Vitamin C Can Reduce Cancerous Cells

Posted on Sep 17, 2008 in Cancer

A new study found that high dose injections of vitamin C can reduce cancerous tumors by half.

Researchers at the National Institutes of Health said the treatment does not harm healthy cells, meaning there are fewer difficult side effects.

Arlindo Olivera said when doctors found out his lung cancer had spread to his brain, they told him there was nothing they could do — and that he should go home and die. But the 59-year-old is currently cancer free.

“My pulmonary doctor told me, ‘Whatever you are doing, keep doing it,'” Olivera said.

He said he believes his cancer is gone because of vitamin C treatment.

“It’s working on me, from what the doctor says,” Olivera said.

Dr. Scott Greenberg of the Magaziner Center for Wellness in Cherry Hill, N.J., said he has successfully treated many people with vitamin C infusions, including Olivera.

“One patient I had had a breast mass from breast cancer. It was literally protruding out of her chest, and after a few months of treatment, the mass shrunk and went away, and it’s been over five years now to where she doesn’t have any sign of cancer whatsoever,” Greenberg said.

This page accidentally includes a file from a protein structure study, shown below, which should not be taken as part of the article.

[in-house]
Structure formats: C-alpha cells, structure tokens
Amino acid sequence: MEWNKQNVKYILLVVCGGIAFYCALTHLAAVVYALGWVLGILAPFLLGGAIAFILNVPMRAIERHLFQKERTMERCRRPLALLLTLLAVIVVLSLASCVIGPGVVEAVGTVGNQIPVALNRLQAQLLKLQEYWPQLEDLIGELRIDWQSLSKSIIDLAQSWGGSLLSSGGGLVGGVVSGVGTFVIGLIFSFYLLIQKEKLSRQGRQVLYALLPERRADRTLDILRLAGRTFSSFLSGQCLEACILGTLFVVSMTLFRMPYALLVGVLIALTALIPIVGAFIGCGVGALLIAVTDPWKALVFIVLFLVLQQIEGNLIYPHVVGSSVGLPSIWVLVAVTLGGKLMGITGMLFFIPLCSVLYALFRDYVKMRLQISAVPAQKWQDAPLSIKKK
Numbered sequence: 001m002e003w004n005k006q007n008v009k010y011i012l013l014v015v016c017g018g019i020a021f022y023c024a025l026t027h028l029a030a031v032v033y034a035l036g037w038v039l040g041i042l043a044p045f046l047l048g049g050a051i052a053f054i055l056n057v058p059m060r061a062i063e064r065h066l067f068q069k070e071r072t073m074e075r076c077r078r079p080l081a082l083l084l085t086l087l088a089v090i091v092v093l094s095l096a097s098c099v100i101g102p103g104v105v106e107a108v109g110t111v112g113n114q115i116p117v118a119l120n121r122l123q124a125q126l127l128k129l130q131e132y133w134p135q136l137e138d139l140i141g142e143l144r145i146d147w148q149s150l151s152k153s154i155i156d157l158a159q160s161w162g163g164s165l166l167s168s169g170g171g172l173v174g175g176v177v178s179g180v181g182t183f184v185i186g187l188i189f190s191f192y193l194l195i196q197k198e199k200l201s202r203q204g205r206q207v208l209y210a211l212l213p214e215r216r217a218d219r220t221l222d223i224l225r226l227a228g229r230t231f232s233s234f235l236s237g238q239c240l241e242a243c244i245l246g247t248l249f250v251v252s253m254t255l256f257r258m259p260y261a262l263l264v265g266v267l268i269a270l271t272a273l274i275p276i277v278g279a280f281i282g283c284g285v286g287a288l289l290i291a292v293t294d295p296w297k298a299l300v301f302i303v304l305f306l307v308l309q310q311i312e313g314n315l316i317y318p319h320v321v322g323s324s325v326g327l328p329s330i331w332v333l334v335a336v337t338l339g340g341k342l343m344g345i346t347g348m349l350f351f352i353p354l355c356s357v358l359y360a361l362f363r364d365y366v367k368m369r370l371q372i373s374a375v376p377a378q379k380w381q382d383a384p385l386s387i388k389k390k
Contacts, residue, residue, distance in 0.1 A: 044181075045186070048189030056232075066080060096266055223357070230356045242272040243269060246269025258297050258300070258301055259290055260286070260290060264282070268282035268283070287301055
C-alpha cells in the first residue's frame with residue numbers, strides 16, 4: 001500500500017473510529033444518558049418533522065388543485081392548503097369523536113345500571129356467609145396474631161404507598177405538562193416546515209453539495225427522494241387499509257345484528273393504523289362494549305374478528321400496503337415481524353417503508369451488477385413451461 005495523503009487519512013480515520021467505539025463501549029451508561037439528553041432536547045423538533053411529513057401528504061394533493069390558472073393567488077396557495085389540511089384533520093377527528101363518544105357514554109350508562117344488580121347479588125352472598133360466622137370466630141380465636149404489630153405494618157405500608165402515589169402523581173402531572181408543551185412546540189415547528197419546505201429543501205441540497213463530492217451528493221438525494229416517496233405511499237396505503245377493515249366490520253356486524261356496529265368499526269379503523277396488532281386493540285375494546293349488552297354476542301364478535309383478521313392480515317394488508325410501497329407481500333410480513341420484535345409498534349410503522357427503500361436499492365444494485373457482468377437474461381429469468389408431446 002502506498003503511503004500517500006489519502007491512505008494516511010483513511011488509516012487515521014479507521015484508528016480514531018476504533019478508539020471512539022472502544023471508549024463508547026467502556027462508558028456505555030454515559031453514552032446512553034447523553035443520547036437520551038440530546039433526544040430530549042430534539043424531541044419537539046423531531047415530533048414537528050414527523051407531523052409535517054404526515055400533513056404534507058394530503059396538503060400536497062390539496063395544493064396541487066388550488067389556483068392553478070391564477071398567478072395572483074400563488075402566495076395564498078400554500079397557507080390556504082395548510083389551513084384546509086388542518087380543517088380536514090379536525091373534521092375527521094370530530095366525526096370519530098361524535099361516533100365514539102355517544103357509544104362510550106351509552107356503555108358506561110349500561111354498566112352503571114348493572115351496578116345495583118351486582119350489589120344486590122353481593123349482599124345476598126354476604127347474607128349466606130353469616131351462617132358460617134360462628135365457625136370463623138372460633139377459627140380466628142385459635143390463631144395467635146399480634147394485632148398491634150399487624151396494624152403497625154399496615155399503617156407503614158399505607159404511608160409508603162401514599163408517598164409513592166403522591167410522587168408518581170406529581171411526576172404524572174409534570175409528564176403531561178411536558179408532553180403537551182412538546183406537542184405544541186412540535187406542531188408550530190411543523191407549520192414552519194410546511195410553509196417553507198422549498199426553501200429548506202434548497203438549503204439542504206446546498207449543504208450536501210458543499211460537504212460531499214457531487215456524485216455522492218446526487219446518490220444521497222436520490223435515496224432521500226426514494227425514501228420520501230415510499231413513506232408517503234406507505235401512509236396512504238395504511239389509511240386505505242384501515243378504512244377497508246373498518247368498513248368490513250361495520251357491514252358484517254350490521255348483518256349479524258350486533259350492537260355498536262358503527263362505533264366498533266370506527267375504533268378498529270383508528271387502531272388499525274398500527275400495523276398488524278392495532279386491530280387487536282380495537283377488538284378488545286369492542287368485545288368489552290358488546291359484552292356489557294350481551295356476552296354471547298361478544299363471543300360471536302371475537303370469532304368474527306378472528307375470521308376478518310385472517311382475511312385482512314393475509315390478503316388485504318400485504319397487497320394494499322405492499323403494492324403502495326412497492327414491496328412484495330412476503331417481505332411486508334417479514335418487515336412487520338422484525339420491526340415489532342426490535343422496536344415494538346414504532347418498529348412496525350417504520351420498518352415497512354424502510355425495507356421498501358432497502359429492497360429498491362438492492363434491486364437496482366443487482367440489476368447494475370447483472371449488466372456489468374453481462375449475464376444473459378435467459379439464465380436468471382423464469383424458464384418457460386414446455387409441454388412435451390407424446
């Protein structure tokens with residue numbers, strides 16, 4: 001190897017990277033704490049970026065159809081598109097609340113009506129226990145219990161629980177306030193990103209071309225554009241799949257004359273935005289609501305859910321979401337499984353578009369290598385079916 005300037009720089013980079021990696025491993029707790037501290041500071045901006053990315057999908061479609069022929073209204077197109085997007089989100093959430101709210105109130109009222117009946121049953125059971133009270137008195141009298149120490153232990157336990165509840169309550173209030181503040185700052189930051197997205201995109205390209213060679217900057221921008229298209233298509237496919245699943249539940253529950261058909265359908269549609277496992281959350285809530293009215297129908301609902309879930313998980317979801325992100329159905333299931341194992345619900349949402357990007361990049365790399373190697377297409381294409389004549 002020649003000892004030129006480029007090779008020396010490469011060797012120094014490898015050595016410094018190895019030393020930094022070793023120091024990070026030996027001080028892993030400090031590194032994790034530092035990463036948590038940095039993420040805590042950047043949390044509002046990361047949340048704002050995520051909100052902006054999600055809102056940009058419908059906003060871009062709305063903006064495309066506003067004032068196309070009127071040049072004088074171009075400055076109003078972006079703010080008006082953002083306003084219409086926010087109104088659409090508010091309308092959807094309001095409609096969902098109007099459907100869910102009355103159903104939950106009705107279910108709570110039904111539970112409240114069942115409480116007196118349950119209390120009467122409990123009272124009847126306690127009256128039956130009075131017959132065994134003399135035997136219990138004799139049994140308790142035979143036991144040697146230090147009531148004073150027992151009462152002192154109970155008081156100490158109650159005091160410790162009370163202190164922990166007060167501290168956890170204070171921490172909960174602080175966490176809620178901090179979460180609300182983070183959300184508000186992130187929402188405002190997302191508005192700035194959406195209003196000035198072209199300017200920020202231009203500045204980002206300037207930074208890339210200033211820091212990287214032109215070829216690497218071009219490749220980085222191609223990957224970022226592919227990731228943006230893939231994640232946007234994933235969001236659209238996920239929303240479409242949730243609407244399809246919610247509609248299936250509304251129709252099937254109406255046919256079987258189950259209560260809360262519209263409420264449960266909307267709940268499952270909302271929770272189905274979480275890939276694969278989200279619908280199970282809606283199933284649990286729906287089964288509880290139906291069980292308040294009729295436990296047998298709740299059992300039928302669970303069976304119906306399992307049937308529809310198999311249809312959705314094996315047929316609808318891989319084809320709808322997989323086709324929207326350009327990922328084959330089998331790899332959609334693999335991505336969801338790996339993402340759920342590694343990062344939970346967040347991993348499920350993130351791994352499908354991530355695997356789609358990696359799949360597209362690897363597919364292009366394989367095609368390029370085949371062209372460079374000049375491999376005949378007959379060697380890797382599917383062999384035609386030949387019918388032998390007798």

Some doctors said they believe vitamin C treatment works by killing the cancer cells. Researchers at NIH said it may also work as an antioxidant protecting cells from the damage of free radicals.

“How intravenous vitamin C works for cancer cells is it produces hydrogen peroxide, just like chemotherapy does, and that hydrogen peroxide will help and cause oxidative damage to the cancer cell, thus destroying it,” Greenberg said.

The NIH study treated mice with aggressive brain, ovarian and pancreatic tumors. Tumor growth and weight was reduced by 41 to 53 percent and the brain cancer stopped spreading, researchers said.

Greenberg said it only works in very high intravenous doses and can be used along with traditional chemo and radiation. He said it’s a valuable option for those who don’t respond to other treatment.

“It’s not going to work on everybody, just like chemo or radiation is not going to work on everybody. But when you have cancer, it’s certainly worth the effort to do this treatment,” Greenberg said.

The treatment is not covered by insurance but costs considerably less than standard chemotherapy or radiation, health officials said. Each treatment costs about $125.

From wbaltv